Kids really love marshmallows. That’s probably why one of the most famous psychological experiments of all used the treat to measure children’s personality traits.
The study (pdf), conducted in 1990 by Yuichi Shoda and Walter Mischel of Columbia University and Philip K. Peake of Smith College, measured kids’ ability to delay immediate satisfaction for the sake of future gratification.
A sample of 185 preschoolers in the Bing School at Stanford University were left alone with a desirable snack (some kids got marshmallows, others got pretzels) and offered a deal: If they could delay eating the marshmallow until the facilitator returned, they would get two marshmallows. Some kids resisted the temptation; others didn’t. The first data were gathered between 1968 and 1974, and the researchers followed up between 1981 and 1982.
When the psychologists returned to the tests’ subjects, they found evidence that children who had held out for the second marshmallow tended to be more well-adjusted as adolescents, do better on the SATs, and have a lower body mass index (BMI). The simple test became associated with the idea that self-control is key to human success and development.
A new study (pdf), published this year in the journal Developmental Psychology and led by University of Minnesota researcher Stephanie Carlson, looks at whether the findings of the original marshmallow test are still applicable today. First, Carlson and her team measured US adults’ perceptions of self-control in kids through an online survey in 2015. Then, they compared children’s performance across decades on the marshmallow test to see if adults’ perceptions of kids’ self-control added up with how much self-control today’s kids actually had. They didn’t.
In an online survey of 358 American adults, the researchers found that 72% of respondents thought children today would wait for a shorter period of time than children in the original marshmallow test, and 75% believed that children now would have less self-control.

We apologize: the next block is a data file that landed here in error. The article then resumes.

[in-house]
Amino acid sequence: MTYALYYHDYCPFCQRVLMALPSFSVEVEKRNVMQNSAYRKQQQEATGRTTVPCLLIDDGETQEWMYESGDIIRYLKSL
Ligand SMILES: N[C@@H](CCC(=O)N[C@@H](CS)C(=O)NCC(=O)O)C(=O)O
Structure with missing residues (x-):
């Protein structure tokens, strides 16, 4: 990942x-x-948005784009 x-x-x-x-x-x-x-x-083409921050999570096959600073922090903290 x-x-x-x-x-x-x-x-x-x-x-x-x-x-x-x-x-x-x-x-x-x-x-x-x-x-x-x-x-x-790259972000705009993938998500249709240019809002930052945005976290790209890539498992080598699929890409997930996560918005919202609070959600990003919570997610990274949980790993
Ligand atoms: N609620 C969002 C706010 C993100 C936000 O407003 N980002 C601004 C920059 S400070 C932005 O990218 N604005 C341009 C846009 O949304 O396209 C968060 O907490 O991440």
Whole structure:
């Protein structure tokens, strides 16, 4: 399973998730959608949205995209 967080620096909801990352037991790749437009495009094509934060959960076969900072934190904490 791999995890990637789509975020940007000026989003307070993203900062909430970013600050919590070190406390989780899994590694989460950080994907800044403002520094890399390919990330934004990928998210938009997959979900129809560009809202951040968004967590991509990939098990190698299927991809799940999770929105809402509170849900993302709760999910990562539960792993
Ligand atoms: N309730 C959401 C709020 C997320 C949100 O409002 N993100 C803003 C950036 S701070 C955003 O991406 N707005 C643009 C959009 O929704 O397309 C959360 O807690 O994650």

That’s not what the numbers show.
Carlson and colleagues compared how children performed in the late 1960s with how children performed on replications of the test in the 1980s and 2000s. They found children who participated in studies between 2002 and 2012 waited an average of two minutes longer than those from the ’60s and one minute longer than those in the ’80s.
“We don’t actually know why that is, but we can speculate,” Carlson told Quartz. “We believe increases in abstract thought, along with rising preschool enrollment, changes in parenting and, paradoxically, cognitive skills associated with screen technologies, may be contributing to generational improvements in the ability to delay gratification,” she explained.
Carlson and her team didn’t ask the adults who took their survey why they thought kids today would have so much less self-control. She speculated it had to do with nostalgia for simpler times.
“There is a kind of received wisdom that kids today are less self-controlled and seek more immediate gratification,” she said. “I think if we were to ask some of the adults…there is a kind of nostalgia for the good old days, when kids didn’t have as many distractions. But that could be a misperception, as it turns out, at least with respect to how kids are capable of delaying gratification in this particular assessment.”
In recent years, the marshmallow test’s reliability as a predictor of later achievement has taken a hit. A study published in Psychological Science replicated the marshmallow test and came to a different conclusion than the original study. Using a much larger and more diverse sample size, they found that socio-economic factors—such as household income or parental education—better explain both the ability to delay gratification and their long-term success.
As Jessica McCrory Calarco, an associate professor of sociology at Indiana University, explained in The Atlantic, the new findings suggested that “the capacity to hold out for a second marshmallow is shaped in large part by a child’s social and economic background—and, in turn, that that background, not the ability to delay gratification, is what’s behind kids’ long-term success.”